When one knows they are safe while watching the frightening contents running on a TV screen, it allows them a space to test their personal limits. Hence, the watching of horror movies can be a therapeutic experience for some, allowing people the chance to deal with their own anxiety. Psychologist Svein Age Kjos Johnsen described this theory by saying, "In psychology, we call this activation of a feeling ‘emotional regulation.’ By watching horror films one can have a sense of control over both the situation, or the viewing experience, and over the feeling of fear.”

Fear of the unknown

Often, a part of horror films that interests viewers is how everyday situations and objects can become a part of the realm of the unknown. Possessed people, frightening locations, haunted houses and cursed objects are all a part of this so-called “fear of the unknown” which leads to people being drawn toward the genre of horror.

Different Wiring

According to Glenn Sparks, a professor and associate head of the Brian Lamb School of Communication at Purdue University, different people respond to physiological arousal in different ways; while some people are wired to enjoy high levels, others are not. People tend to also enjoy the adrenaline rush that comes with the watching of anything related to the horror genre in general.


Another reason people tend to turn toward horror films is because of their novelty. Often, people are drawn to anomalies in their environment. As Glenn Sparks stated, “Since danger disrupts routine, curiosity about change is important for survival.” Also, the visual effects used in horror films draw quite a bit of curiosity toward them, especially by avid horror fanatics who become enamored with the use of visual effects in the context of film.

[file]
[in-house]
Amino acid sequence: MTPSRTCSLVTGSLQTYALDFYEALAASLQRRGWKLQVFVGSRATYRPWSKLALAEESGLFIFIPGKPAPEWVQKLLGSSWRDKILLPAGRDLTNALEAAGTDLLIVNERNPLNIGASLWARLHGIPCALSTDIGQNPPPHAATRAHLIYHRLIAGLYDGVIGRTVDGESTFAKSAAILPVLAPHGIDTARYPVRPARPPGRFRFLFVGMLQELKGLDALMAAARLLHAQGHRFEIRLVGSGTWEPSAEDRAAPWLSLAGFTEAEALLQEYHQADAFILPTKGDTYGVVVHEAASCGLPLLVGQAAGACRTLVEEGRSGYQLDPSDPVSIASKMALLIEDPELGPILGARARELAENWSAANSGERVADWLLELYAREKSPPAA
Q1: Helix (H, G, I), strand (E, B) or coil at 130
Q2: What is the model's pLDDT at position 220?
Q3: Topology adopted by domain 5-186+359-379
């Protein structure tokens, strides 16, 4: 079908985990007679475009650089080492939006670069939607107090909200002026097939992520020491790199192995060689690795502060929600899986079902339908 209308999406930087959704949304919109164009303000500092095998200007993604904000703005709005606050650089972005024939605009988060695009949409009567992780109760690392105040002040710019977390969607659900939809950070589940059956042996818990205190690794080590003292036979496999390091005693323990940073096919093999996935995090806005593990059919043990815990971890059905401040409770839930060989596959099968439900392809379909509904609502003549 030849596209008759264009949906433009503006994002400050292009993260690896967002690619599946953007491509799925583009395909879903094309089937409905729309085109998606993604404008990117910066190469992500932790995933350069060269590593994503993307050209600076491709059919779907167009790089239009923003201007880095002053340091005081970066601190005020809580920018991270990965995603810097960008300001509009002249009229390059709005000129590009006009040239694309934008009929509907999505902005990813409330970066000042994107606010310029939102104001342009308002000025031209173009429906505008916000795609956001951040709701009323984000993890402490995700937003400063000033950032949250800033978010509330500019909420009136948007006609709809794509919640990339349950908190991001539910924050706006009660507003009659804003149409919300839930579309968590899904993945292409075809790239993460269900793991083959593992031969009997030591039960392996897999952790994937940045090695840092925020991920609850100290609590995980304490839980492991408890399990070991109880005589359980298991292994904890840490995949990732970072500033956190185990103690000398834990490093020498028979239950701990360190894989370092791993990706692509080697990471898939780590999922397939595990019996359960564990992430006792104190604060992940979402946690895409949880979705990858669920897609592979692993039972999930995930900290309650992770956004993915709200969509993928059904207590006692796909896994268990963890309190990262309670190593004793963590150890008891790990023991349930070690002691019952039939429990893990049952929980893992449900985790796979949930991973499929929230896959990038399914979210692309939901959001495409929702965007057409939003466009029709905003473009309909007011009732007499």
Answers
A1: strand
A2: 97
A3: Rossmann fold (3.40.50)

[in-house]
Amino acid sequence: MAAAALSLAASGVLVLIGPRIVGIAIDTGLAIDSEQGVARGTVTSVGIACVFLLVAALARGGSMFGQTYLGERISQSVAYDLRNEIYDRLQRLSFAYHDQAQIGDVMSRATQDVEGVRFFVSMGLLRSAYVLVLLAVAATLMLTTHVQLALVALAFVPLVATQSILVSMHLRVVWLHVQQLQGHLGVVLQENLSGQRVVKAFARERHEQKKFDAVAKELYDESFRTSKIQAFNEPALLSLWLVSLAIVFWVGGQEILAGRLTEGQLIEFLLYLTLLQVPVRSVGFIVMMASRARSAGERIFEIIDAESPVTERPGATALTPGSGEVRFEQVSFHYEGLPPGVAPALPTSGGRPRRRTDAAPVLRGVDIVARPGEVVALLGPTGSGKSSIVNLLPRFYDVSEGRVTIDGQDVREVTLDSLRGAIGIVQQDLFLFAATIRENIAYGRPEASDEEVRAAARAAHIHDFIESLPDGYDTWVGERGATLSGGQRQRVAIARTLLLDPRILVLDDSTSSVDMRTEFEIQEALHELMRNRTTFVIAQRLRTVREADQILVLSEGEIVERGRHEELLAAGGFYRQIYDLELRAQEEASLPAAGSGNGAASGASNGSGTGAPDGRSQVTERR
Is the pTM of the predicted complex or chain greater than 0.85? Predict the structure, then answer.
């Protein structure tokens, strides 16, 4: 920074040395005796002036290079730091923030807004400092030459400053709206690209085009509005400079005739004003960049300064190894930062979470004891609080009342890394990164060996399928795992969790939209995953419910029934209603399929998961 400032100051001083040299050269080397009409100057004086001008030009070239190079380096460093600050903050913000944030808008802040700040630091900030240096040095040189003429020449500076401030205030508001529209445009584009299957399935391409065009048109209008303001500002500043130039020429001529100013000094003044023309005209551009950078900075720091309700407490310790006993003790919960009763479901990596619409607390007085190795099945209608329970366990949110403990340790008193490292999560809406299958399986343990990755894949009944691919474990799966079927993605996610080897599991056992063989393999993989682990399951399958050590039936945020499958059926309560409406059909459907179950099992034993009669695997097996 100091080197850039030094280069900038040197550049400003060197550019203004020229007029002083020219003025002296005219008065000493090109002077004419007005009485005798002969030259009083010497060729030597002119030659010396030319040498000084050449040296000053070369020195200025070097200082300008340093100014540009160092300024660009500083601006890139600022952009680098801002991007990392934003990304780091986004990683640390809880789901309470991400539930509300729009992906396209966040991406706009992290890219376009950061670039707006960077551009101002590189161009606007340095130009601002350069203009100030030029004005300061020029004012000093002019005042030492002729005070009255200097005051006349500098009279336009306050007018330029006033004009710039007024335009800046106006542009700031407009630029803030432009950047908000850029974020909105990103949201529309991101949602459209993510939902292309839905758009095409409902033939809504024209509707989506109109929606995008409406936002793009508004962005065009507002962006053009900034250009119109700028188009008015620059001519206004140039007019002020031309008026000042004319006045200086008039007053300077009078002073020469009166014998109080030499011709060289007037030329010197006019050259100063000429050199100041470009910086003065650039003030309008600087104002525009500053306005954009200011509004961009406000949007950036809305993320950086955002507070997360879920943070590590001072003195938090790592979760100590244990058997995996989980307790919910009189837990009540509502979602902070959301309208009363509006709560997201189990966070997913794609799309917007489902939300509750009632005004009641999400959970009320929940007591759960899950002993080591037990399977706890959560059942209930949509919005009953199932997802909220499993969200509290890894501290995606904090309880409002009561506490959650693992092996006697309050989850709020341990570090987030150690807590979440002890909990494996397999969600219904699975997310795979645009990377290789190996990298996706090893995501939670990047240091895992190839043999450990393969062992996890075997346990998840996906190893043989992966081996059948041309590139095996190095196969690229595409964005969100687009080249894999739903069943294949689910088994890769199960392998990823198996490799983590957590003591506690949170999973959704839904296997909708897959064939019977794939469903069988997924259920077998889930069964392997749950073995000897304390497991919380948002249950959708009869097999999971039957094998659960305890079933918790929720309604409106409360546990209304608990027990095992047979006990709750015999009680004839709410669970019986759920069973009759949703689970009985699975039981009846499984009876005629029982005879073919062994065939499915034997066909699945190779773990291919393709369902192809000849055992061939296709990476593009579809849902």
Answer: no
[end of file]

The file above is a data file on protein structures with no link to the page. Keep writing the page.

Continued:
“Evil is said to be an independent phenomenon in horror films.”

Studies and theories

1. Catharsis

Catharsis was the method referred to by Greek philosopher Aristotle when he claimed that people were attracted to dark, violent, horror-filled plots in both stories and plays because they wished to purge their negative emotions. In other words, catharsis was a method to release pent-up aggression and negative emotion by watching violent and fear-invoking films.

2. Psychoanalytic theory by Freud and Jung

If the name Carl Jung rings familiar, look no further than the study of different types of Jungian archetypes. Jung and Sigmund Freud were both psychologists with an interest in the unconscious mind. In the context of horror films, Freud believed horror, in general, was a manifestation of uncanny feelings and thoughts which were suppressed by a person’s ego, but were vaguely familiar to the individual. On the other hand, Jung believed horror had gained popularity due to its display of different archetypes and primordial images which resided in the unconscious minds of basically all individuals.

3. Excitation Transfer Process

The Excitation Transfer Process expresses the ability for the negative emotions induced by horror movies to amplify the positive emotions one feels after watching the film.

All in all, the psychology behind the spook is a vast one, filled with theories and research which persist to this day. Not every individual is the same, and hence, the reaction toward horror, in general, differs from person to person.

Kavya Jeganathan can be reached at kjeganathan@umass.edu.